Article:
March 01, 2011

We recently had the privilege of speaking with Frank Vecella, Associate General Counsel for Ericsson Inc. (the U.S. subsidiary of Swedish based Ericsson), who is responsible for Ericsson’s litigation matters, primarily in North America. Ericsson is an approximately 88,000 employee company operating in over 170 countries worldwide. Founded in 1876, Ericsson is the world’s largest manufacturer of telecommunications infrastructure equipment and related services. Mr. Vecella agreed to share some insights into recent trends in corporate litigation and his role in hiring outside counsel and third party consultants and experts.

Mr. Vecella joined Ericsson in January 2001. Since then, his role has included overseeing the litigation department that frequently deals with patent litigation, breach of contract and warranty claims, E-Discovery, antitrust and securities class action suits, determining who Ericsson will use for outside assistance (both law firms and experts) in litigation matters, and updating external auditors on a quarterly and annual basis on pending claims that could conceivably have a material impact on Ericsson’s financial reporting. Ericsson’s litigation docket is heavily weighted towards intellectual property issues, particularly patent infringement and related indemnification claims.

Mr. Vecella holds an undergraduate degree from Dartmouth College and a JD from the University of Virginia School of Law. Prior to joining Ericsson, he practiced law at a prominent law firm in Dallas, TX for nearly 18 years where he was the partner in charge of the litigation section of the Dallas office and the intellectual property section firm-wide. During his tenure at the firm, he focused primarily on commercial and insurance-related litigation and gained diverse experience on all types of trial matters, including First Amendment defense work, intellectual property litigation (including trademark, copyright, and trade secret disputes), breach of contract and deceptive trade practices cases, and wrongful death and other tort claims.

Stout Risius Ross (“Stout”): What are the biggest differences and the things you most like and dislike between private practice and in-house legal work?

Although it has been ten years since I made the transition to my present in-house position at Ericsson, I still miss many of my former colleagues from the law firm and the special bond that inevitably developed among the members of each trial team on which I was privileged to serve. The most attractive feature of the offer from Ericsson to transition to an in-house litigation management position was the chance to continue to experience the challenge and intellectual stimulation of a sophisticated litigation practice but without having to spend all my nights and weekends in the office. The fact that I ended up at such a great company as Ericsson, which has such a rich history and terrific corporate culture, was simply icing on the cake. I can truly say I have never once regretted my decision to make that move 10 years ago.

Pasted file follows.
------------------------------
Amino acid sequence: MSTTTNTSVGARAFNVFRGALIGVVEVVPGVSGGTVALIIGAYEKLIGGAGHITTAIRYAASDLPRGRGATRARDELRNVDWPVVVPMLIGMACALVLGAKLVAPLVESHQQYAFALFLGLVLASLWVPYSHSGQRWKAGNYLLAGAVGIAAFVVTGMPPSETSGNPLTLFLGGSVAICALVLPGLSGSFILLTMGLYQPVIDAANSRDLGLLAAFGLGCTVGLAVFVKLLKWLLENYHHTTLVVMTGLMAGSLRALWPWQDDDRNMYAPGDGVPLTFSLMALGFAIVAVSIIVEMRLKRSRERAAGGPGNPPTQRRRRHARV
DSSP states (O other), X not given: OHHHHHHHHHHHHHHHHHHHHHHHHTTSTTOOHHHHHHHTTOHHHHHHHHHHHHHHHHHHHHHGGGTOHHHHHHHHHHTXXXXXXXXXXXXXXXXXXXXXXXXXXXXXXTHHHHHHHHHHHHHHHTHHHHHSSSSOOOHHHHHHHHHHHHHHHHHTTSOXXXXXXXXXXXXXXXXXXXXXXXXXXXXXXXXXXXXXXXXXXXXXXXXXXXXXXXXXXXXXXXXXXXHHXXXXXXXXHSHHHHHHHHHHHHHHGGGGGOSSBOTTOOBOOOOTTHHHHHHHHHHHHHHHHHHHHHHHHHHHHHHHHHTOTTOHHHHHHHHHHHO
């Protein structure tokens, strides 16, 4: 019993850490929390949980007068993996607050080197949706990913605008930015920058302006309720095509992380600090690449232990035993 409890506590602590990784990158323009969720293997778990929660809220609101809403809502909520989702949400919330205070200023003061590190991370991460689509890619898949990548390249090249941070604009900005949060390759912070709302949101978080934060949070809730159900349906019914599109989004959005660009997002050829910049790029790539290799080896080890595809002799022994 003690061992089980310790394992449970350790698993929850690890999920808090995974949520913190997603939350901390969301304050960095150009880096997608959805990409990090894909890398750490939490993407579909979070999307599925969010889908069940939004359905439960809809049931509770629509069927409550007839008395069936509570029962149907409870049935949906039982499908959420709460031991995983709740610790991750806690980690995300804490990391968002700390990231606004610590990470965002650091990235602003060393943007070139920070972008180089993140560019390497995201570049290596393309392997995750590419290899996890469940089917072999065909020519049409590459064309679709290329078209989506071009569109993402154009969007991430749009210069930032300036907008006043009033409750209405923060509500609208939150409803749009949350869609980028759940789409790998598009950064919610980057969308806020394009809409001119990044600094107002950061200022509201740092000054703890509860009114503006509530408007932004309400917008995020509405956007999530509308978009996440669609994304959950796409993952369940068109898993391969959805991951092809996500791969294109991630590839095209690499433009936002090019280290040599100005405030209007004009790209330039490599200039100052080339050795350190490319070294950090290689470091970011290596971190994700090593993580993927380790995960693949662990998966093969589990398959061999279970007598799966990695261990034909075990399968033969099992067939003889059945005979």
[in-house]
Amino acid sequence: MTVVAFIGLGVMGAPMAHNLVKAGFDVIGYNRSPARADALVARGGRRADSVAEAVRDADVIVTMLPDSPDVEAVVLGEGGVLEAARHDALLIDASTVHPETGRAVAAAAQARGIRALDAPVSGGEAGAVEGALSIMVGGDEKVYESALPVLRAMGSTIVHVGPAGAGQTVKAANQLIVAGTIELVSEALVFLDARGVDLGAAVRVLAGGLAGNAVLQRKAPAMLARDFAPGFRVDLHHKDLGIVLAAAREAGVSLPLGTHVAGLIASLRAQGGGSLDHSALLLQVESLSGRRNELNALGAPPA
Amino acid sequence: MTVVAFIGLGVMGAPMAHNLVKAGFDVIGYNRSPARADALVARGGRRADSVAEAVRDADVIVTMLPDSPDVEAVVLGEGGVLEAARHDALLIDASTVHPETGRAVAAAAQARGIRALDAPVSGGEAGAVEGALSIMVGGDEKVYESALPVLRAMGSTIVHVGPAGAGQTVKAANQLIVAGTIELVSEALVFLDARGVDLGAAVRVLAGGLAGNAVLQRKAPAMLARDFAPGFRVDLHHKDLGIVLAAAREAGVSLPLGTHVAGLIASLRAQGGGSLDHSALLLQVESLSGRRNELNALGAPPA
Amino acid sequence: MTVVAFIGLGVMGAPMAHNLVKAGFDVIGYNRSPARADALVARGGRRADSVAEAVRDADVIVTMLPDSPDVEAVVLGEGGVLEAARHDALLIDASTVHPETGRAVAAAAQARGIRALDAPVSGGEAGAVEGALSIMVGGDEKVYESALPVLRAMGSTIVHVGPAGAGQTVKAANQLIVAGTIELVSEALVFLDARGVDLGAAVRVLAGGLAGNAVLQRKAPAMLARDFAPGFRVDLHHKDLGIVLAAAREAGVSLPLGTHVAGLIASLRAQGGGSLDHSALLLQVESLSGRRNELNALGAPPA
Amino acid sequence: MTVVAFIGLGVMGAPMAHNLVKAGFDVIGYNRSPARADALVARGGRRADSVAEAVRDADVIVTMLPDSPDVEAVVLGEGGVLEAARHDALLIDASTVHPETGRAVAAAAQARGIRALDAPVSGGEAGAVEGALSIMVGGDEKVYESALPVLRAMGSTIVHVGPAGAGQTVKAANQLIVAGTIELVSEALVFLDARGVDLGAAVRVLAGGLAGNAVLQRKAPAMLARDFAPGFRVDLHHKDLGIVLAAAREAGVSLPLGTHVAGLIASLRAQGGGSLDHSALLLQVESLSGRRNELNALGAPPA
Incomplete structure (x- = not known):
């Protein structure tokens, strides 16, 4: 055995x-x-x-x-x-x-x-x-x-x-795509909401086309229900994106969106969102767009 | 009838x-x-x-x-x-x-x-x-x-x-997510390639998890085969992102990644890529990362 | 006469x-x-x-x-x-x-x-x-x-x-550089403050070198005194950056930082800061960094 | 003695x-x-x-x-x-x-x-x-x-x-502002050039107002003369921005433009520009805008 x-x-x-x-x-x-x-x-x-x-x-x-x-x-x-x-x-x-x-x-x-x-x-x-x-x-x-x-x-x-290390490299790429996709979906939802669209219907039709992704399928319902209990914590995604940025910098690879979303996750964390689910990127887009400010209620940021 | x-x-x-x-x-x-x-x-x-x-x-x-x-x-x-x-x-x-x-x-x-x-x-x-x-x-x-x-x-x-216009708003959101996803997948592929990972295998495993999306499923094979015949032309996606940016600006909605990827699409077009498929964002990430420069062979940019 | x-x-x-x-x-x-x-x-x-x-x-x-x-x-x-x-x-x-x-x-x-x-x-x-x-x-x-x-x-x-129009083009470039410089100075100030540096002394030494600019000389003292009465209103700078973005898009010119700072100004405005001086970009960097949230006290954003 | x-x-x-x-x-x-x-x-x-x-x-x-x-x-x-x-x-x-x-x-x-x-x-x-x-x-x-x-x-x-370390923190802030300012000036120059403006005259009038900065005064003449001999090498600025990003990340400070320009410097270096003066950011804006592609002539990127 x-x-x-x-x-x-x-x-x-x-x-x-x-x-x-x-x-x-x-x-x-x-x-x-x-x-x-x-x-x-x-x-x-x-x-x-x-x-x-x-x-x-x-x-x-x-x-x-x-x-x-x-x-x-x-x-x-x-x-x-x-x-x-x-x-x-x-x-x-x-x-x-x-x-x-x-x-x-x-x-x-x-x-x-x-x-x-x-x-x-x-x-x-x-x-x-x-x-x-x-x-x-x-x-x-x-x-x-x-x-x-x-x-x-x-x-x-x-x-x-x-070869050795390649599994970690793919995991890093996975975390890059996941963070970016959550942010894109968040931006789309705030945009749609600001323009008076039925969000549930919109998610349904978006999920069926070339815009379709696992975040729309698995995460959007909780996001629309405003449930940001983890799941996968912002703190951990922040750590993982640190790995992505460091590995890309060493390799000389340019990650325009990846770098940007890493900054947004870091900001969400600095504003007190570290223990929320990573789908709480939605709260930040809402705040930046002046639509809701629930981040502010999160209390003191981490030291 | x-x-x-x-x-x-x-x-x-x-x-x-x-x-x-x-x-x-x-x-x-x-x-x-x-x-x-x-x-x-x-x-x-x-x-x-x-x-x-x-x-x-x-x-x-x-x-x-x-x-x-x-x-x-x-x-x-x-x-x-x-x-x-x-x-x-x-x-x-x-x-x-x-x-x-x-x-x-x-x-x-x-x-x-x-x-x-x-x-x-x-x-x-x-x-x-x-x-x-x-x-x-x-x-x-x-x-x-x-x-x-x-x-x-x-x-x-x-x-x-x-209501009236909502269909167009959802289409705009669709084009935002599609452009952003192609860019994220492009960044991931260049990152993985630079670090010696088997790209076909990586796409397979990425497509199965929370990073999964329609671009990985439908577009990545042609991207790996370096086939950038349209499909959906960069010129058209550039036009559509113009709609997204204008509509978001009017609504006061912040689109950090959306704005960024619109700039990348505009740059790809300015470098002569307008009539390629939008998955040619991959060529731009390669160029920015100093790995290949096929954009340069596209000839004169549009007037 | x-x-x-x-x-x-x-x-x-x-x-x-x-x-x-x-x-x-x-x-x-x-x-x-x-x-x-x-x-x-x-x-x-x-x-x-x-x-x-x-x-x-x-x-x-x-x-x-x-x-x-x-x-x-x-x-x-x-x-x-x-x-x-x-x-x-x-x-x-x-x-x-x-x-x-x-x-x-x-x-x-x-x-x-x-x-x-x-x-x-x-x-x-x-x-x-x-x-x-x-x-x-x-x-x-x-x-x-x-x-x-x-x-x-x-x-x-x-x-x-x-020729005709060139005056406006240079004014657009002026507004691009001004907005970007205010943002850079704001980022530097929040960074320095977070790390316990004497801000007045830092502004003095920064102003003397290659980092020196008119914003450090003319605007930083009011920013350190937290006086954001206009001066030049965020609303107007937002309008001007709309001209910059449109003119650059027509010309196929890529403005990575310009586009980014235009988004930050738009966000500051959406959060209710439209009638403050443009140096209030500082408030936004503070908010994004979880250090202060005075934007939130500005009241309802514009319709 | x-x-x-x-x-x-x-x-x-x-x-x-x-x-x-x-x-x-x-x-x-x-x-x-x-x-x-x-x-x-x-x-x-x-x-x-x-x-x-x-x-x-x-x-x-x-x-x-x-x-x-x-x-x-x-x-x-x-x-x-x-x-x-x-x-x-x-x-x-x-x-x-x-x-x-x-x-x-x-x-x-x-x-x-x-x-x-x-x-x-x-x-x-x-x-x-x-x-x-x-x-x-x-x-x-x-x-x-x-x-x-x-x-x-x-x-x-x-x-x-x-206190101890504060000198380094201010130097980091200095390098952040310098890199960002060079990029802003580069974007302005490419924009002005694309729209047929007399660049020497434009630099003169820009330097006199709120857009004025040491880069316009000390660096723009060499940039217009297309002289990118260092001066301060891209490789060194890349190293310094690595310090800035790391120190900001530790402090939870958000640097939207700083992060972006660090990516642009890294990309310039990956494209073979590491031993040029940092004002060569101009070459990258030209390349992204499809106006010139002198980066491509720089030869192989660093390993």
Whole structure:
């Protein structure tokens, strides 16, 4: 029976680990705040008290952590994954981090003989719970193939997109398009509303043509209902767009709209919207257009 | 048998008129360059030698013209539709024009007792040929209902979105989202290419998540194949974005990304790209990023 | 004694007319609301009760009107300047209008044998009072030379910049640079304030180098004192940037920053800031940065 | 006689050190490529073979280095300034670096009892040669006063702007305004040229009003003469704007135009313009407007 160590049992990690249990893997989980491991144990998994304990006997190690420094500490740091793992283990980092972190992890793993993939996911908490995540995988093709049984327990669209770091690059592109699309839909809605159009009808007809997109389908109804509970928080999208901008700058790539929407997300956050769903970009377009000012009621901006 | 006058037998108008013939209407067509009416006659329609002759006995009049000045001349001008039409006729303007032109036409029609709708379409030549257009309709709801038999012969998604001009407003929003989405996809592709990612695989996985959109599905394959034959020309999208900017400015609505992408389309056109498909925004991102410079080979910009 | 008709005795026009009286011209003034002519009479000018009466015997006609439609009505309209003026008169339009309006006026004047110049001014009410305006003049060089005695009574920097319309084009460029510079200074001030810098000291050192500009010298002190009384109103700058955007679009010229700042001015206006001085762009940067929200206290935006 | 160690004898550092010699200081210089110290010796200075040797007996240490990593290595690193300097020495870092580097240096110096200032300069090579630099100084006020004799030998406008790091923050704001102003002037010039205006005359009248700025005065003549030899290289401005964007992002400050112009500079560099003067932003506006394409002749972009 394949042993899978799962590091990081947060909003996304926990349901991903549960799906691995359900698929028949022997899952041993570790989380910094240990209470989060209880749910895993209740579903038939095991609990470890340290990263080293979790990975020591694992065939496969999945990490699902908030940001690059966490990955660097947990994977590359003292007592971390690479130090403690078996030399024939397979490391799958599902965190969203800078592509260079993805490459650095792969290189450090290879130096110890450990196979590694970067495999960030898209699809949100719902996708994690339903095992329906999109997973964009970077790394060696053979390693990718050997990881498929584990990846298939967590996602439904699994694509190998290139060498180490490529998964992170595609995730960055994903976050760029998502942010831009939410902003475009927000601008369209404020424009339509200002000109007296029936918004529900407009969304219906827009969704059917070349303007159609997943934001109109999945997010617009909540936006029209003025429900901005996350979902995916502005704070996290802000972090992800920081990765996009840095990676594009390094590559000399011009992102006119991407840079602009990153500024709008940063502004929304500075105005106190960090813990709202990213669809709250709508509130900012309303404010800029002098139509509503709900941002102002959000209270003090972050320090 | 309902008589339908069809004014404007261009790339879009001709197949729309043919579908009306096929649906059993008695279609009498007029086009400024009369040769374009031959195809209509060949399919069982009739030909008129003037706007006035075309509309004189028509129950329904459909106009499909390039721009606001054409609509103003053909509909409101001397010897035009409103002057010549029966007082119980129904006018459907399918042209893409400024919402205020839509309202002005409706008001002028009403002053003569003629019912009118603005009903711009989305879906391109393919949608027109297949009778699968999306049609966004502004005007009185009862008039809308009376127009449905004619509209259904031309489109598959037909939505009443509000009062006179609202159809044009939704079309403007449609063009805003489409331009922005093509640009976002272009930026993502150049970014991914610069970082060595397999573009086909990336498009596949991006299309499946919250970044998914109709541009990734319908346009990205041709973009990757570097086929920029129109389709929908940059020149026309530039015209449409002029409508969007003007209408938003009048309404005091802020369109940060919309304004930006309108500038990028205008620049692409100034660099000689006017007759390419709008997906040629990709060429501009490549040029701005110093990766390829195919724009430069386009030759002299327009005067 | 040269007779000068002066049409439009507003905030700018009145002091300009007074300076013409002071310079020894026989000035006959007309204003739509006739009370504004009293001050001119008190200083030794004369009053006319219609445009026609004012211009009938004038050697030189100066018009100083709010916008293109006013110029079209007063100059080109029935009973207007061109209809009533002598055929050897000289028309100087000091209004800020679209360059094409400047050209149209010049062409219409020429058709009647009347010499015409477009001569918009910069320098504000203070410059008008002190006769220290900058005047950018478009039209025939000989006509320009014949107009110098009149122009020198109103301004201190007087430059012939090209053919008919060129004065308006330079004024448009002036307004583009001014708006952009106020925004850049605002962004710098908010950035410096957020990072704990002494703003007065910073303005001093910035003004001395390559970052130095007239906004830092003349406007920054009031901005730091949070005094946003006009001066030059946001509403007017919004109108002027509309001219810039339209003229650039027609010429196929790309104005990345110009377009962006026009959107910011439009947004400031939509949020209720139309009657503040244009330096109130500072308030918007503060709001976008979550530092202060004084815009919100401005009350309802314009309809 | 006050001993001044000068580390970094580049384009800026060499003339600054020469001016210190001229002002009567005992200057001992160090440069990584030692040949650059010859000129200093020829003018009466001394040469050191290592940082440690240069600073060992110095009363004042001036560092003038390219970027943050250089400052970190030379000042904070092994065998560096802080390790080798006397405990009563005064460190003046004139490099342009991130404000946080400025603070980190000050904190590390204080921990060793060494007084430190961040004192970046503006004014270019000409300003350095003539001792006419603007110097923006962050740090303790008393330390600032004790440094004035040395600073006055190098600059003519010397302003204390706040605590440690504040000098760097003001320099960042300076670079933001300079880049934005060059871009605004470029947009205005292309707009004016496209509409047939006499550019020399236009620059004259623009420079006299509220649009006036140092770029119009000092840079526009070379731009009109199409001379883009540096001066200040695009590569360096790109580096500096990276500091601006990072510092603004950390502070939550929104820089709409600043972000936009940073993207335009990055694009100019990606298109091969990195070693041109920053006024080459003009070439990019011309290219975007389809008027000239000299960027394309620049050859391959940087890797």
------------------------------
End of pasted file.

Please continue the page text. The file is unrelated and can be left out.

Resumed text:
Another big difference between my former life in private practice and my present in-house role is that I no longer feel mired in the minutiae of every case. I used to be a bit of a micro-manager, always feeling I had to be in command of every little detail of every case that I was working on. My present responsibilities at Ericsson require me to be much more reliant on my staff and a much better delegator than I ever was at the firm. By necessity, I have become a “big picture” guy instead. I trust the other members of my team, including outside counsel, and no longer feel the need to be a perfectionist or to know every last little detail. I used to lie awake at night, tossing and turning, and making mental checklists of all the things I had to remember to do the next day. Now, when I leave my office in the evening, the work stays behind, and I am able to focus instead on my family and other outside interests.

Stout: You mentioned that you obviously need to trust both your in-house people and your outside counsel and experts. Does that tend to limit the number of outside people that you end up using on your litigation matters?

We use a number of different outside counsel and experts for a variety of reasons. I like to spread the work around to multiple firms, partly because I would never want to be stuck in the position in which there was only one outside litigation counsel who really understood our business and ways of working. Tomorrow, we could find ourselves with a new case on which that firm had a conflict, and then we would be stuck. I always like to have various options available to us. On the other hand, whenever a particular outside counsel does a great job for Ericsson, I certainly like to reward that success by offering him or her additional opportunities to work with us.

Stout: How do you build that trust with outside counsel and outside consultants and experts?

I generally do not hire outside counsel or consultants whom I do not know personally, so I spend lots and lots of time getting to know them, whether they are at firms that we already work with or simply firms that we might want to work with some day. Some of my colleagues marvel at my tolerance for going to receptions, CLEs, and meet-and-greets, but I feel it’s an important part of my job function to get to know these people. If I hear good things about a specific trial lawyer whom I have not met, I will often reach out to him or her to arrange an introduction. This has allowed me to get to know some exceptionally talented trial lawyers all across the country.